3. Liner notes, artwork & case

    Not so much with DVDs, but for music CDs I like having the artwork and liner notes, which can often include song lyrics or information about the artist and other musicians. A jewel case makes it easier to store, but those are otherwise easy enough to get elsewhere, if you want them.

    While SwapaCD members are certainly free to ship as much of a CDs accompanying materials as they like, in order to keep mailing costs to a minimum, SwapaCD recommends that they only ship the CD itself, using the aforementioned envelope mailer. However, they also provide tips and information about the approximate costs for various other shipping options and configurations.

    Incidentally, I have to say that at the particular time that I was considering SwapaCD, I was skeptical that a mere paper envelope would allow a CD to be delivered through the mail unscathed, while shipping them in their protective, plastic jewel cases might actually increase the likelihood of their being damaged (this in spite of proper padding which adds to the shipping costs). But, that was before I discovered and joined a popular DVD rental club and have since come to experience the efficacy of the paper envelope mailer, as paradoxical as it may seem! So far, in about a year's time, I have only had one DVD to arrive damaged.

  4. Simplicity

    Finally, a swap site should be as simple as possible to use, not only in terms of listing and tracking items for trade, but in comprehending the point scheme. Of primary concern would be

    • How is value assigned to the items being traded?
    • How do you accrue the necessary value to make requests?

    In all fairness, since I did not end up joining SwapaCD, I can't really speak to how easy or not, it is to use the site, but based on the information I was able to read there, it seemed easy enough. Of course, you'll need to take my comments here with the necessary grain of salt.

    The point system in use seems quite straightforward. As previously mentioned, each CD trades for one SwapaCD credit along with the 0.49/trade charge. You can earn one free credit after posting your first ten CDs. If you want to request CDs before you have accumulated enough points you will need to purchase SwapaCD credits available in increments of $5.00.

    Now, depending on your reasons for trading, the point scheme may be less important to you. Perhaps you have a glut of CDs you just want to get rid of and don't care so much about acquiring others. On the other hand, you may get into swapping as a way to acquire and enjoy new content, while avoiding the accumulation of stuff that you don't like so much. As I explained in Something for the Bibliophile, swap sites allow you to hold onto an item for as long as you want (forever, if that's the case), or trade it back once your finished with it.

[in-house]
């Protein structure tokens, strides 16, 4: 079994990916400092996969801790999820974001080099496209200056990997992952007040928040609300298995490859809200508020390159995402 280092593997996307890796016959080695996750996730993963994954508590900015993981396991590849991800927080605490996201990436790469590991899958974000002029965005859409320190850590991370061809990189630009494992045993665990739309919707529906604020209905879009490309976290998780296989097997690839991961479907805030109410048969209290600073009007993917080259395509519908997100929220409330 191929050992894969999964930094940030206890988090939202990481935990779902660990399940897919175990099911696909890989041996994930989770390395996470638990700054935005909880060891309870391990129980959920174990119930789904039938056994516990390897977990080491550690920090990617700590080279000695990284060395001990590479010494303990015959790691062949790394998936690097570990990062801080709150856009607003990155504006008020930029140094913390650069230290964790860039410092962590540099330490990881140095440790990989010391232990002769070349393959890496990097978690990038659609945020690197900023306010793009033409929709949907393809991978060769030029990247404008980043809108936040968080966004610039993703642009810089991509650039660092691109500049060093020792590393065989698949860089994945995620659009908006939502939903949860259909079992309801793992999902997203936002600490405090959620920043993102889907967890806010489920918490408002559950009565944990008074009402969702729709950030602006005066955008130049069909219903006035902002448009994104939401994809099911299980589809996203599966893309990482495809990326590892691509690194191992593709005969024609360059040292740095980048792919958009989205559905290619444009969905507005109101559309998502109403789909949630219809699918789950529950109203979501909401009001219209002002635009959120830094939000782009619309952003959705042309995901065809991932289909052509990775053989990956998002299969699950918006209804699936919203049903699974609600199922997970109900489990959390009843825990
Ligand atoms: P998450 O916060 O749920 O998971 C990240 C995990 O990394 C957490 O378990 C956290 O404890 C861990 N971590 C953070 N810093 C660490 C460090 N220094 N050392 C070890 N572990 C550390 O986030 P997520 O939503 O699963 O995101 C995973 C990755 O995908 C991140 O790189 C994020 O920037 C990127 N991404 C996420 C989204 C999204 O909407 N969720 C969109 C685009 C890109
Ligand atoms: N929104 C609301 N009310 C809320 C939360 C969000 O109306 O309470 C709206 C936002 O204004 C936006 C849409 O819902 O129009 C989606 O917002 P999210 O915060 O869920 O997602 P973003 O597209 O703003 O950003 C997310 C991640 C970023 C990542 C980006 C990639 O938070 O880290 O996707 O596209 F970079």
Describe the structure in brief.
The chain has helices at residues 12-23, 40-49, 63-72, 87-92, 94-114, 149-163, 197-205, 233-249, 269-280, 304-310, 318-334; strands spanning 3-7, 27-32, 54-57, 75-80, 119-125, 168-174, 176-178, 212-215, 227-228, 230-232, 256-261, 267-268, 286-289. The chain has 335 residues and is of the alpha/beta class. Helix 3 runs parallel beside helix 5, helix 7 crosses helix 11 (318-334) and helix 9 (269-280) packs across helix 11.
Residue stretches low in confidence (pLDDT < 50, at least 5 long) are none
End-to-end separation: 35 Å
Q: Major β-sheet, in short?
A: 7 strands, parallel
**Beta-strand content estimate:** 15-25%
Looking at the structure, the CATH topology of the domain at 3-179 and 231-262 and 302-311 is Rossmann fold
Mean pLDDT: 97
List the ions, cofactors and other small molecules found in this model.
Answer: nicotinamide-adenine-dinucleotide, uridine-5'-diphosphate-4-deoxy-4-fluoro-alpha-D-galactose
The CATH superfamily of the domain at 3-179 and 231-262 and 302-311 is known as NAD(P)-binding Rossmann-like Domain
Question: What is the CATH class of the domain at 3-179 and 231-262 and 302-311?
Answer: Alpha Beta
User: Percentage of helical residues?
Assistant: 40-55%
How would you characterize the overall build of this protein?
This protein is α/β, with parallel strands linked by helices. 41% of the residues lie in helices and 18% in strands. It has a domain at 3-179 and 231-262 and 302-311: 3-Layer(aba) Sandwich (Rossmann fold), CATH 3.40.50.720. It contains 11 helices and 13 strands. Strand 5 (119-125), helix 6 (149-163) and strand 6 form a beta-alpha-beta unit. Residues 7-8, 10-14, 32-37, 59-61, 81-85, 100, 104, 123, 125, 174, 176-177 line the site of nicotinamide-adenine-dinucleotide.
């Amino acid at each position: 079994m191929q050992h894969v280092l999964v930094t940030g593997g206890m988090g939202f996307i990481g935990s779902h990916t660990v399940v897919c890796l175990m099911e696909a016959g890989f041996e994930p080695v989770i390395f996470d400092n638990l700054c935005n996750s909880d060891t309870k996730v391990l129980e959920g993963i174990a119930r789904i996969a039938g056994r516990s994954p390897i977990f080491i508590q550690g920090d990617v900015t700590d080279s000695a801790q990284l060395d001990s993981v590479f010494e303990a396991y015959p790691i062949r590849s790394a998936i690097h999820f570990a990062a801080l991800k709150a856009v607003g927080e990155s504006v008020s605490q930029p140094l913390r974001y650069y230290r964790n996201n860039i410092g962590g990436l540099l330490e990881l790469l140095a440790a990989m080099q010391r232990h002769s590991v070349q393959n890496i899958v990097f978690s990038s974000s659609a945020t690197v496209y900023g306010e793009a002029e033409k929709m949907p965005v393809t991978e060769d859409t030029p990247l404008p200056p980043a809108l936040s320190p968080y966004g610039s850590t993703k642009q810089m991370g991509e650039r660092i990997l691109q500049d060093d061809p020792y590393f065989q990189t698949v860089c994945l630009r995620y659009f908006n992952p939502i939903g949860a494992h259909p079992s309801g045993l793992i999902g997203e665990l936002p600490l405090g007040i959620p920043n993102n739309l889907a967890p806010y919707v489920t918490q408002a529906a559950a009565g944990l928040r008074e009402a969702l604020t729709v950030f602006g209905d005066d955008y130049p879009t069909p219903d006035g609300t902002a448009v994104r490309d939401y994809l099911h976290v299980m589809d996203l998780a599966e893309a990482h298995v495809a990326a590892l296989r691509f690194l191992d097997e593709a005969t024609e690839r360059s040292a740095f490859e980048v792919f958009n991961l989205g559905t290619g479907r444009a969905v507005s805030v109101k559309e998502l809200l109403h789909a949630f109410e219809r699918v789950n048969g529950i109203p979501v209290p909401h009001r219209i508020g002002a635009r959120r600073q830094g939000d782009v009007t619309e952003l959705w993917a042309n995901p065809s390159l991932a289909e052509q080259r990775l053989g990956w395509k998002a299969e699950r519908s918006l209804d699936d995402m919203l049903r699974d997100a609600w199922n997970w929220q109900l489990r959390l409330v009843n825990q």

So again, logistical matters such as these are something to be aware of and keep in mind when considering a swap site.

Obligatory disclaimer: These are the criteria that are important to me and how they played out in evaluating this particualr site, however your needs may be quite different.

Next up: My experience using SwapSimple, another media swap site.

Saturday, January 12, 2008

twigghugger turns 1 years old!

A year ago today, I took the plunge and began this blog (see What Yet Another Blog). Why? Well, for one thing, I had finally finished grad school and consequently, had time to turn my attention to other matters. Since me and my tiny apartment harbor an Inner Packrat, paramount was the need to reduce my accumulation of stuff.

Over this past year, slowly, but surely I have made great strides in achieving just that. While constantly chanting the twigghugger mantra to myself over and over (...and over!)

  • Identify
  • Gather
  • and Remove!
I searched the Internet for donation, reuse and exchange options. I was delighted to find that there were many more such choices available than had even been the case just five years prior.

Space cleared, has miraculously, remained so! Let me tell you that I consider this to be a huge accomplishment! Before, I was basically just shifting the piles around, but the Secret to My Success has been the gradual, but actual removal of excess things. Now, not only does it look more neat and orderly, it stays that way. I even survived the holiday frenzy without too much disruption to this hard fought for turf.

If you are as serious, a packrat as I am (was...?), reaching this point may seem daunting, if not impossible, but by breaking it down into many, tiny steps over time you will gradually see results, like I did. As I stated last year, maybe the idea of hugging a tree is overwhelming, so start off small and do it one twigg at a time, and you'll get there! Also over this past year, consciousness about the environment has grown phenomenally, so I'm hoping my approach to decluttering will continue to grow easier as well.

Now, I'm not quite out of the woods yet! There are still a few things to tweak here and there, as well as working on a couple of projects like my Magazine Mountains, better clothing organization and Oh! A special mission impossible type project I've been procrast…that is saving for last: Kitchen!: the Final Frontier! (aka as 2008: A Lack of Space Odyssey).

But, this year, for the most part, will be about Accumulation Control. I plan to maintain last year's gains, by giving careful consideration to what gets brought into the house in the first place.

Anyway, in honor of twigghuggers first birthday, shout outs to

A year later, I can definitely answer, "Yes it can!"